• The fire broke out in Darby Township in Pennsylvania's Delaware County
  • The deceased woman had cerebral palsy, which limited her mobility
  • The suspect sent the family threatening messages before the fire

A Pennsylvania man was charged for allegedly setting a house on fire that killed a 20-year-old occupant who had cerebral palsy, the authorities said.

The arson took place in Darby Township in Delaware County early Sunday. The deceased woman was identified as Olivia Drasher, who had limited mobility and was nonverbal due to her medical condition.

Following initial investigation, the Darby Township Police arrested Aaron Clark, 40, and charged him with first-degree murder, aggravated assault, attempting to cause or cause serious bodily injury, and resisting arrest, Delco Times reported. His bond was set at $75,000.

The fire was set around midnight on the home's front porch, which was right next Olivia's bedroom, her family told the Philadelphia Inquirer. Her mom, Drea Dasher, was awakened by the screams of Olivia's nurse and rushed to get the victim's twin sister, Raquelle, out of the home safely.

Drea thought she would storm back to the house to bring Olivia, but by then the fire grew far more dangerous, pouring out thick smoke. Olivia's nurse, who couldn't make it out herself, suffered severe burns and smoke inhalation in the process, Drea told the Philadelphia Inquirer.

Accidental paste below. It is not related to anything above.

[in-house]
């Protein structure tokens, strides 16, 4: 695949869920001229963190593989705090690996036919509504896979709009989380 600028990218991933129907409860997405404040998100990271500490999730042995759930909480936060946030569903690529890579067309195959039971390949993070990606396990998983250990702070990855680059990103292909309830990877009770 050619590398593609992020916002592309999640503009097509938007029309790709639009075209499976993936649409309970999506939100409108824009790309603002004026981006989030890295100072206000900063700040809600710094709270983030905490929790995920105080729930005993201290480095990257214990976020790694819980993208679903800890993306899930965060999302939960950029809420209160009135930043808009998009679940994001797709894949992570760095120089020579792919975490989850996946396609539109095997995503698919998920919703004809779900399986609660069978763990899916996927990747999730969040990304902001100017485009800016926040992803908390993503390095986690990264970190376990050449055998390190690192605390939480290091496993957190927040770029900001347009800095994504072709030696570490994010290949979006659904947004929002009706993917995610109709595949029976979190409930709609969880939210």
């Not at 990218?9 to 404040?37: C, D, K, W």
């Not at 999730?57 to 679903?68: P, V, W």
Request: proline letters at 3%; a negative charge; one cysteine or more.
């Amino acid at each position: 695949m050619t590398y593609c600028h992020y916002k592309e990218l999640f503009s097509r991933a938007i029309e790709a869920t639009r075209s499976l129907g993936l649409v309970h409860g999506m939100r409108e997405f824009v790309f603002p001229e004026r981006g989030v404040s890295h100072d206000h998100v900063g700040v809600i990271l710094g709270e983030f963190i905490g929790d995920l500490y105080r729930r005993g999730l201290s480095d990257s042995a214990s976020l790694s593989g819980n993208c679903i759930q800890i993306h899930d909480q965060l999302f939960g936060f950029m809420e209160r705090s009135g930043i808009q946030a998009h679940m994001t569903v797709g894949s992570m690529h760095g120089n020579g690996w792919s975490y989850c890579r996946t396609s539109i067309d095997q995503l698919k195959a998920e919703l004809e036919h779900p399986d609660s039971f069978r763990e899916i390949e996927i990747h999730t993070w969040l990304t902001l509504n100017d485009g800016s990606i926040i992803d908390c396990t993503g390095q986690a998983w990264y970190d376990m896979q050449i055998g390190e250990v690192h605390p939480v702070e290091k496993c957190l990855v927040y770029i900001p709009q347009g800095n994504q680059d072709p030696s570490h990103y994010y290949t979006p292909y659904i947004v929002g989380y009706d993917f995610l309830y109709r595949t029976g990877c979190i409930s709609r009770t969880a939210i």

Clark had previously dated Olivia's unidentified elder sister, as per a report by CBS News. The previous day, he had sent threatening texts to his ex, one of which read: "Pick up before I do something crazy, hope you don't miss the show."

The suspect tried to resist officers, even spat on them when they tried to arrest him, the outlet reported.

Clark continued his messaging spree even while being held by the authorities. He was reportedly texting his ex-girlfriend from an iPhone that he hid in his rectum.

Before committing the crime, Clark was reportedly aware that even though his ex-girlfriend was not at home, her sisters were, CBS reporter Joe Holden tweeted.

Firecrews fighting the  Mosquito Fire in  California in September 2022

"I don't know why this happened, or even how this could happen to us," Drea told the Philadelphia Inquirer, adding that support came in for the family after Olivia's death. "There are so many different emotions and questions right now, but as far as support, we have plenty."